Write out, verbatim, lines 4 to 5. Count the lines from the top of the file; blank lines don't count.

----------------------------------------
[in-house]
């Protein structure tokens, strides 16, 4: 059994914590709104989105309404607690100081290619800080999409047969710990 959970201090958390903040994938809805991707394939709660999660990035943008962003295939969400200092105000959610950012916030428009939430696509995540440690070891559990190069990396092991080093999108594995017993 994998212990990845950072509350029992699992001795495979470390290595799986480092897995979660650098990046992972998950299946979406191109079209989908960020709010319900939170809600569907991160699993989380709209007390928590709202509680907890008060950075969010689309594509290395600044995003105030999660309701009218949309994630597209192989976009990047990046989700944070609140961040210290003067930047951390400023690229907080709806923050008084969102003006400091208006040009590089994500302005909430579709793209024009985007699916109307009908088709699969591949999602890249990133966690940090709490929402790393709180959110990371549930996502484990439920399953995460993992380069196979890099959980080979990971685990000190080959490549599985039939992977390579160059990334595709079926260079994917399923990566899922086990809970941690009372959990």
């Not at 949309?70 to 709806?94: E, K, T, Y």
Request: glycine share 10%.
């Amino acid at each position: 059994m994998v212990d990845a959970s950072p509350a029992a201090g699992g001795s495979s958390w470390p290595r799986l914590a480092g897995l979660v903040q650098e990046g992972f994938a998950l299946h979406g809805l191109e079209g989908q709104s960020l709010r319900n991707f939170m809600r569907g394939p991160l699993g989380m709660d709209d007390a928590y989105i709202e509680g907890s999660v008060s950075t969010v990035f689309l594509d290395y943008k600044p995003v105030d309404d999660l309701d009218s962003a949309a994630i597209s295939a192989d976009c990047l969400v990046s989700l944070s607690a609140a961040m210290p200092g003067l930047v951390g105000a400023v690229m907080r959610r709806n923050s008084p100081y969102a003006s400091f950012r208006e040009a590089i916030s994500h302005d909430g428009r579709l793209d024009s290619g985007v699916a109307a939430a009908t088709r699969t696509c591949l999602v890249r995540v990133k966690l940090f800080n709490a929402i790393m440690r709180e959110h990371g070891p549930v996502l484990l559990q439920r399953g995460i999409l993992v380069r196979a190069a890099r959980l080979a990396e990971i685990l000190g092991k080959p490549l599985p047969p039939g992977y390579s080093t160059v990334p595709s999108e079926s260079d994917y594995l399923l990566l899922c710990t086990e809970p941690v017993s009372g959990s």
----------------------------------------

Request: glycine share 10%.
């Amino acid at each position: 059994m994998v212990d990845a959970s950072p509350a029992a201090g699992g001795s495979s958390w470390p290595r799986l914590a480092g897995l979660v903040q650098e990046g992972f994938a998950l299946h979406g809805l191109e079209g989908q709104s960020l709010r319900n991707f939170m809600r569907g394939p991160l699993g989380m709660d709209d007390a928590y989105i709202e509680g907890s999660v008060s950075t969010v990035f689309l594509d290395y943008k600044p995003v105030d309404d999660l309701d009218s962003a949309a994630i597209s295939a192989d976009c990047l969400v990046s989700l944070s607690a609140a961040m210290p200092g003067l930047v951390g105000a400023v690229m907080r959610r709806n923050s008084p100081y969102a003006s400091f950012r208006e040009a590089i916030s994500h302005d909430g428009r579709l793209d024009s290619g985007v699916a109307a939430a009908t088709r699969t696509c591949l999602v890249r995540v990133k966690l940090f800080n709490a929402i790393m440690r709180e959110h990371g070891p549930v996502l484990l559990q439920r399953g995460i999409l993992v380069r196979a190069a890099r959980l080979a990396e990971i685990l000190g092991k080959p490549l599985p047969p039939g992977y390579s080093t160059v990334p595709s999108e079926s260079d994917y594995l399923l990566l899922c710990t086990e809970p941690v017993s009372g959990s």